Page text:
This entry was posted on January 13, 2011 by navypilotoverseas. It was filed under Bomber, M-444, Navy, Patrol, Pilot, Reserve, WWII .
I am glad to find a place to comment on Joe Kennedy, Jr.. I have been watching the miniseries, again, and wondering about the accuracy of one part, and that is the suggestion that Joe was jealous of his brother, Jack, for having received the Navy and Marine Corps Cross, for bravery, when his PT boat was cut in half. The suggestion this made was that Joe had volunteered for an extremely dangerous mission, gambling with his life, in an attempt to one-up his brother, by receiving the Medal of Honor. Whether that is true or not, I don’t know. It has been suggested that the Kennedys have always tended to take a lot of risks, and that that is partially responsible for the fact that so many of them have died well before their time.
Whether his determination to continue flying dangerous missions, well beyond the time that he had earned the right to time off, had anything to do with a desire to become a bigger hero than his brother, no one can say for sure. I think it is well known that the Kennedys were very competitive with each other. However, it was not unusual for the pilots and crews of bombers based in England to be lost on bombing missions. Every one of them was well aware that they were risking death every time they headed out on a mission. What I think is that his primary motivation to volunteer for his final mission was primarily to serve his country, but that making his father proud, and working toward achieving the goals his father had for him was a large part, too. If he also had a thought of possibly one-uping his little brother, it wouldn’t have been unusual. With four sons, myself, I know that brotherly competition is pretty normal. But, I don’t think the suggestion made by the miniseries, that Joseph Kennedy, Jr. was driven by a less than good-hearted desire to compete with his brother is quite fair.
As a mother who has lost an adult son, myself, I always think of Rose. Of course, the loss of her oldest child was only the first of many such losses in her life. She is an inspiration to me, and countless other mothers.
November 7, 2011 at 7:11 pm
Joseph P. Kennedy Sr. taught his children to win at everything they did, regardless of the costs. His children competed against each other and everyone else to please their father. Another factor was the contention that the Kennedys were “yellow.” Joe Senior evaded service during War War I and was much hated for his perceived appeasement of Hitler and the Axis powers during World War II. There were also stories of him running away from London to a country estate during bombing raids during the war.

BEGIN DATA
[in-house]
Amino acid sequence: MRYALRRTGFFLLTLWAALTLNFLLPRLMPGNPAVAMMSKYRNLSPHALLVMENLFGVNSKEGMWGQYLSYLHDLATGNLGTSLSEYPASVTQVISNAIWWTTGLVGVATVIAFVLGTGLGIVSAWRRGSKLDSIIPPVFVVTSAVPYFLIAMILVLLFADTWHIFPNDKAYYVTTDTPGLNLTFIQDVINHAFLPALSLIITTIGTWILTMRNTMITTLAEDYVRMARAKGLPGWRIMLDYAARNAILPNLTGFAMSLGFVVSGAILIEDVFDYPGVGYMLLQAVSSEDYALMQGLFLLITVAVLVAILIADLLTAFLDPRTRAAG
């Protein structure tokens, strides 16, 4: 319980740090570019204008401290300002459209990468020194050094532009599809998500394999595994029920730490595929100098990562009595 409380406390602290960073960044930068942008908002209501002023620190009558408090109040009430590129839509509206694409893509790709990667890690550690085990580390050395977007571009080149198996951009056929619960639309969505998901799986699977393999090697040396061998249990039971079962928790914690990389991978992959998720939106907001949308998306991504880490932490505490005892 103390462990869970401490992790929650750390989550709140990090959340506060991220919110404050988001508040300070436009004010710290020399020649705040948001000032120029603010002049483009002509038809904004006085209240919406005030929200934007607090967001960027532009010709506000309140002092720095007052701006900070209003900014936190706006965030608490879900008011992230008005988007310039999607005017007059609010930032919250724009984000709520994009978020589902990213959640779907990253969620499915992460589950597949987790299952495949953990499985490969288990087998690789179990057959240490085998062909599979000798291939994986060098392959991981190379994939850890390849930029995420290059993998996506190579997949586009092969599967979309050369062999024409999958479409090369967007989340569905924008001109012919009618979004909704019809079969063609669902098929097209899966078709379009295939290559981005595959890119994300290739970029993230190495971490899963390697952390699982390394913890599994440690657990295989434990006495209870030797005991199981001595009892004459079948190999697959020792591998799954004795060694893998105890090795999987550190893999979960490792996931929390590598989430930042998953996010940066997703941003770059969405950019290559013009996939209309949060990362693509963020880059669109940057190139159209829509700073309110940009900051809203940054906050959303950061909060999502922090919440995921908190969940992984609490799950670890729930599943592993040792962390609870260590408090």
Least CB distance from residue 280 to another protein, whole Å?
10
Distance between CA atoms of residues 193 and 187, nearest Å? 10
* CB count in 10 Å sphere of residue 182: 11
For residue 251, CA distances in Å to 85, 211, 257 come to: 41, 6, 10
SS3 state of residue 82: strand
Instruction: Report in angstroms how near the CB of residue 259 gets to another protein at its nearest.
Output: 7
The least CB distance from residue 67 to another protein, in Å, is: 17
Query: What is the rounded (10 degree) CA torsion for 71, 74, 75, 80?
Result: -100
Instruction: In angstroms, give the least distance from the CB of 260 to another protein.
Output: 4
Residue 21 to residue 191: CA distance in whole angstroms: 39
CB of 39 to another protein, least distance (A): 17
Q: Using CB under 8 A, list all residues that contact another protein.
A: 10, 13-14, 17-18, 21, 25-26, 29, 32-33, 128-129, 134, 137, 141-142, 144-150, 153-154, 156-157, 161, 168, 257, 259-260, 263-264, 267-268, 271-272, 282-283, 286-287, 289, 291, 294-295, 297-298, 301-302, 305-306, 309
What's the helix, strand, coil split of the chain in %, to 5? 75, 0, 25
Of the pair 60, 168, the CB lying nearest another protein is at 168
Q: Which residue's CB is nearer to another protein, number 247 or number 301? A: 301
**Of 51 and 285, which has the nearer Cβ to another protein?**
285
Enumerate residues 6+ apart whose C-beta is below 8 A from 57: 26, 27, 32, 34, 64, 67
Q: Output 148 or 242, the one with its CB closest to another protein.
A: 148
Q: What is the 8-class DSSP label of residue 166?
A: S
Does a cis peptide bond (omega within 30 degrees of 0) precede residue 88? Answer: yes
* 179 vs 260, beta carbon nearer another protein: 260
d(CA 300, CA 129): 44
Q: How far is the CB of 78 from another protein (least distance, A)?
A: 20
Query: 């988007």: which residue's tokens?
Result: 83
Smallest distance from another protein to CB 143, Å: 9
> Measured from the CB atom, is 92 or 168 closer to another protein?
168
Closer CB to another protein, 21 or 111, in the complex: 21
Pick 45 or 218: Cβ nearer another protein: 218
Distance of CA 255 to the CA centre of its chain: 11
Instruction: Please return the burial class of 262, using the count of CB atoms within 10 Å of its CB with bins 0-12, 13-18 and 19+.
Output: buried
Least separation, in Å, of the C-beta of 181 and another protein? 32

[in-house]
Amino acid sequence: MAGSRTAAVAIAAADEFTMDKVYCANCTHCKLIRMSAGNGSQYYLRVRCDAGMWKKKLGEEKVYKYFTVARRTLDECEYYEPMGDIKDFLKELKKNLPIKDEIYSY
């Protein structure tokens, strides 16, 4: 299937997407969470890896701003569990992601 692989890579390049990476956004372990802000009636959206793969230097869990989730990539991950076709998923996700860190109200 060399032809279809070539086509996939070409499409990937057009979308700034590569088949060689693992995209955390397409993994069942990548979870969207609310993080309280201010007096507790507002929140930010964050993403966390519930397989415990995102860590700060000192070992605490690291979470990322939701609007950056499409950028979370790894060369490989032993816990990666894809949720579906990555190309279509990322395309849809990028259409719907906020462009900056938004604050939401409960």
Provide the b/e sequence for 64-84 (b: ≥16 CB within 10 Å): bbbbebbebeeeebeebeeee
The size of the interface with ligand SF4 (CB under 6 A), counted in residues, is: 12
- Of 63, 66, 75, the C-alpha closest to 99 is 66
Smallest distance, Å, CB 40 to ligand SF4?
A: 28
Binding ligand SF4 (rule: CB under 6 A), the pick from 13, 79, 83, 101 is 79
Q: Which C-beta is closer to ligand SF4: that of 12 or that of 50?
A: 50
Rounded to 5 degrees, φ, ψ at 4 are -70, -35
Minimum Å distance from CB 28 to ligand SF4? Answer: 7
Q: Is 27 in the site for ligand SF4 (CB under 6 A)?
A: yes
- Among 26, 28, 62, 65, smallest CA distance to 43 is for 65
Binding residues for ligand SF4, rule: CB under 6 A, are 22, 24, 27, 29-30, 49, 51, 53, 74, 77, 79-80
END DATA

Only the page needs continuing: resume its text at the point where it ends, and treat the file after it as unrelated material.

Joe Jr., the heir apparent, was combative by nature. He was the kind of guy who would push someone aside so that he could catch the ball. There are also stories of him picking fights in Harvard bars for sport. Having said that, he was also charming and good looking, much more like his father than Jack, who was funny and more congenial but less aggressive.
Joe Jr. was the star of the family until he and Jack reached young adulthood. Jack published Why England Slept, gaining national attention. Then of course PT 109 occurred. Becoming a hero was very much a part of American culture in the 1940s. In my view, Joe Jr. volunteered because he was a patriotic and confident soldier, to become a hero for political purposes, to outperform his brother and to show bravery. I don’t think it was only PT-109. That was a factor but not the only one. Sibling rivalry is common but is not likely to rise to life-or-death decision making. I don’t think Joe Kennedy Sr. ever got over the death of his eldest, nor did he ever seem to waiver on his belief that his namesake should have been the politician in the family. Jr. had a gregariousness and confidence that politics required in the pre-TV and Internet era.
December 1, 2011 at 2:10 pm
joe was a hero and that is all there is to it. you tube has a great tribute which includes the song ‘london bombs’. and whatever happened to the girl with the blue eyes – the lost prince by hank searles. he did make a difference. he was the one who gave kick away in london when she married billy in london. read as we remember joe. that’s where he is. without all the stuff. he was a complicated good guy and he was a patriot who gave the last full measure of devotion to his country.
July 1, 2012 at 4:11 am
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